This week, the nonprofit Portland Housing Center celebrated five years and 110 homes that have been successfully purchased through a program that gives preference for affordable housing and housing loans to people displaced from historically Black neighborhoods.
A new report from queer services providers in Portland shows the lack of resources for LGBTQ+ Portlanders experiencing homelessness. We'll hear more about the report as well as check-in with the Queer Affinity Village.
With just 28 games left in the season, what does the future of the Portland Blazers look like? We'll hear from a Blazers podcaster on his thoughts on what the season has been like so far since Damian Lillard's departure.
A new study from researchers at OSU found that even small amounts of pesticide exposure for as little as four days can have lasting impacts on the health of fish, and even affect the health of their offspring.
From 2019 to 2022, Portland saw around 35% less cyclers then it normally does, according to the 2022 bike count. Now recent numbers show it's up 5% last year. We'll hear from Bike Portland on what these numbers say about the overall cycling trends in the city.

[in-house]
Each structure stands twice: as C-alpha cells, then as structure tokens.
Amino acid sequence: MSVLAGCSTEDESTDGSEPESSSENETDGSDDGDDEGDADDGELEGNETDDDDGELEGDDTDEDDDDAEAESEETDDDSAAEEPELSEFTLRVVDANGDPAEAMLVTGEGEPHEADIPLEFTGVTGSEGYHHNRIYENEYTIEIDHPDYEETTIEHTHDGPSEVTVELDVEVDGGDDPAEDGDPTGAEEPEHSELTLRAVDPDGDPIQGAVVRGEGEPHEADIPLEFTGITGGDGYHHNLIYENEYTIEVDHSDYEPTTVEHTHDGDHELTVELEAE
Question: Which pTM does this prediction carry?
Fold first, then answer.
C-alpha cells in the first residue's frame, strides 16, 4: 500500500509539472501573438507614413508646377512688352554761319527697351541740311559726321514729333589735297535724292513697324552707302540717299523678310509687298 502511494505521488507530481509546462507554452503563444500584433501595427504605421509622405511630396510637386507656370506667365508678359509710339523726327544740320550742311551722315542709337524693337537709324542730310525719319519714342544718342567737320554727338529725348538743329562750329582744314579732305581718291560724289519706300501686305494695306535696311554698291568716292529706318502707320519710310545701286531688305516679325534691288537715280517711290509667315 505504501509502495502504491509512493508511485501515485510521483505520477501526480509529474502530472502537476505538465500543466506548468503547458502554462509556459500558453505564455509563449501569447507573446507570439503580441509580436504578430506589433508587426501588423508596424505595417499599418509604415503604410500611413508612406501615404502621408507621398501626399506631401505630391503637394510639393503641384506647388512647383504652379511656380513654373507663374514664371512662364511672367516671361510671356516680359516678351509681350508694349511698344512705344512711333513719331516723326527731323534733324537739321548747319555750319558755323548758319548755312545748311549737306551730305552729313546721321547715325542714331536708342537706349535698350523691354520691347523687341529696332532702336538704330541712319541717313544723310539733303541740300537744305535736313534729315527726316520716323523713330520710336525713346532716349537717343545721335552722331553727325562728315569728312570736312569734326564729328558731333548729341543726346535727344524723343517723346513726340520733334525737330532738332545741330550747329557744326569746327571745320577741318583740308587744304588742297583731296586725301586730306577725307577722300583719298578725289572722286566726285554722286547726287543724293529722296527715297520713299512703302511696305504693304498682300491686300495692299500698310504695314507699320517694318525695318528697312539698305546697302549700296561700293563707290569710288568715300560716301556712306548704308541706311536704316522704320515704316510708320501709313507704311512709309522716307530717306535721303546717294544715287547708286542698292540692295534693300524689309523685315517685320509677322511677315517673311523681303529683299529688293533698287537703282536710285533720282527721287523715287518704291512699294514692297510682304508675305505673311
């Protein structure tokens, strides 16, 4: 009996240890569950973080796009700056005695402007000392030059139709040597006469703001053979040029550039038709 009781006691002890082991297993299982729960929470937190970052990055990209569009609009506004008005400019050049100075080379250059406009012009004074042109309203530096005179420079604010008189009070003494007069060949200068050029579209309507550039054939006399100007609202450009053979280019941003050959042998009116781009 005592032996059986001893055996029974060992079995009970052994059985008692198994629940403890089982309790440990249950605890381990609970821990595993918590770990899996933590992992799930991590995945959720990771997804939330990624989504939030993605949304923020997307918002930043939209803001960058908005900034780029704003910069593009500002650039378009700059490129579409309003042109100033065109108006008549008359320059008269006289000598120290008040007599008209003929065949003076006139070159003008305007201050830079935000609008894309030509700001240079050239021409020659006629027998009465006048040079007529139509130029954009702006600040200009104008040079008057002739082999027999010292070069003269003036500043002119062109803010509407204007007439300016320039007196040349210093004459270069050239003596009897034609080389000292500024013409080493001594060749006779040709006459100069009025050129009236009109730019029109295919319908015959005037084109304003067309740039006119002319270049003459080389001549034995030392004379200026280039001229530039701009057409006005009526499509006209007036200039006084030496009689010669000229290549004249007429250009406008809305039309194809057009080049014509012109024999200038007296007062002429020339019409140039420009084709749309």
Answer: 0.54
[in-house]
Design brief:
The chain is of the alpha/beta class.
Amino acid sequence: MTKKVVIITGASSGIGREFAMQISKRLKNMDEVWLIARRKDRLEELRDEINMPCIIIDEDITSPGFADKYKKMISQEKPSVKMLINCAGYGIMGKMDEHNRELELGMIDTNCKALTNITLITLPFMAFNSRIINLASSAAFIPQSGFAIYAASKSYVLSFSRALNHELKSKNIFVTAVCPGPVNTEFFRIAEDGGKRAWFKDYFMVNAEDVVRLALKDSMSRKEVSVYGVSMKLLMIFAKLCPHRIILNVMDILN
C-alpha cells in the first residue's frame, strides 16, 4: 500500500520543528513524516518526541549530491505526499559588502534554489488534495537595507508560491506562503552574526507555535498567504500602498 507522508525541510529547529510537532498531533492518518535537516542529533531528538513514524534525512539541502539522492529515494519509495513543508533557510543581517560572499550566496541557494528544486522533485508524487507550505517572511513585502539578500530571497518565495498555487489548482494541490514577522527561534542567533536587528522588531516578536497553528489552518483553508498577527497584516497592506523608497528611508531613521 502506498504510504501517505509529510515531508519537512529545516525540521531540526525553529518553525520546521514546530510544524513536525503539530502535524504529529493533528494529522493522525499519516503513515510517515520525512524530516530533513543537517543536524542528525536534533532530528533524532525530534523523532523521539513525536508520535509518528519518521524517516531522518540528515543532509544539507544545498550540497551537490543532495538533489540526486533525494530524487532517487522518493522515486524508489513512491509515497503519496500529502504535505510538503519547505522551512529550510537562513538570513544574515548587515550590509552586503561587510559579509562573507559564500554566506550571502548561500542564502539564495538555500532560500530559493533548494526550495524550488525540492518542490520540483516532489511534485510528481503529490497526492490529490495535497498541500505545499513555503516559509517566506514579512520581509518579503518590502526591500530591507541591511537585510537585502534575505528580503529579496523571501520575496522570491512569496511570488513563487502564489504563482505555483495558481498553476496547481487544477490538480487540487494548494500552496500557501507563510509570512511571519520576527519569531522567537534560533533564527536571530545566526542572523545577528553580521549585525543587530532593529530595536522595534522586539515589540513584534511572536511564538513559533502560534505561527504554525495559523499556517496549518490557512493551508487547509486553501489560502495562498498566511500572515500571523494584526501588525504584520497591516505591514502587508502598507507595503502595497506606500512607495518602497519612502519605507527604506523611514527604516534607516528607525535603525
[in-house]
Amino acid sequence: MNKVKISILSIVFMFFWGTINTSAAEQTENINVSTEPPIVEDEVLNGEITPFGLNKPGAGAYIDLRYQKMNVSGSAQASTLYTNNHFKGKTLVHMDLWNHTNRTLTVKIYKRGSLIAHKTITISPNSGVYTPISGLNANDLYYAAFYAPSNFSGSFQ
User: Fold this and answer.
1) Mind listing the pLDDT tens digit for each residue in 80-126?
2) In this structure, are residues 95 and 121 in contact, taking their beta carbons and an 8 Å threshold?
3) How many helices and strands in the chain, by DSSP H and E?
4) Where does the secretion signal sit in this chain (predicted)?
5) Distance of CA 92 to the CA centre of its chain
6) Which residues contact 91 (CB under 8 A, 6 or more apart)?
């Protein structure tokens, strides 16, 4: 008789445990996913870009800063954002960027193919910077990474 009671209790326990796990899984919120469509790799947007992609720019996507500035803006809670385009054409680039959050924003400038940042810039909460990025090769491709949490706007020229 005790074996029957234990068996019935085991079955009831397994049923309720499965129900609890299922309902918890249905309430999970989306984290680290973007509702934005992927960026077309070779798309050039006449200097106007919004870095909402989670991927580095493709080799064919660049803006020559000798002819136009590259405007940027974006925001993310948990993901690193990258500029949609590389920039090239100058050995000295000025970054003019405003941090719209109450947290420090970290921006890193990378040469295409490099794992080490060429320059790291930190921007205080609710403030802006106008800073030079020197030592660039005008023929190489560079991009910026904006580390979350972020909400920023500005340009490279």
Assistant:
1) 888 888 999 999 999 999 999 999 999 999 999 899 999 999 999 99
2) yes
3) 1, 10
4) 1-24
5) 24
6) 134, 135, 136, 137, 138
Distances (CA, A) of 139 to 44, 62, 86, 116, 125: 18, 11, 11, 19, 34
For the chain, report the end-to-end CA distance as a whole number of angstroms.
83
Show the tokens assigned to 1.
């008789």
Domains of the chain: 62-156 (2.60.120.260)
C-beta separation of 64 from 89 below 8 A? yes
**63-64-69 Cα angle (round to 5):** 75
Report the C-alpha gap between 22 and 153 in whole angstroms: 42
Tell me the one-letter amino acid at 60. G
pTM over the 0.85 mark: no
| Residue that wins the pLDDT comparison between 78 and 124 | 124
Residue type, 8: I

Waneva LaVelle is the owner and operator of Pure Grace Farm. She says the change in rules could put her out of business if she needs to install new infrastructure for her farm that houses a handful of goats.
Affordable housing options that prioritize people with disabilities are limited and waitlists are long. We hear more about a local effort to fix that from Jennifer Knapp, executive director of Community Vision, as well as a couple of recipients.
Classicist Mary Beard joins us to talk about her latest book, “Emperor of Rome: Ruling the Ancient Roman World,” which attempts to break down what we can actually know about the lives of the emperors and how they ruled.
The mission of Portland’s August Wilson Red Door Project is to “use the power of narrative art to bridge divides.” Its show "Evolve" does that by presenting scenes and monologues based on the real life experiences of Black Americans, police officers and others in the justice system.
If a patient or a coworker makes a racist comment to a Black person working as a nurse in Oregon, that nurse may have no one who looks like them to turn to for commiseration and understanding. Nurses of color in Oregon work in predominantly white spaces, which can be very isolating on top of a job that is already emotionally and physically draining.
Senate Bill 1583 would prevent school boards and district personnel from banning textbooks and library books on the basis of content related to protected groups like race and sexuality. We'll hear from a reporter with the details.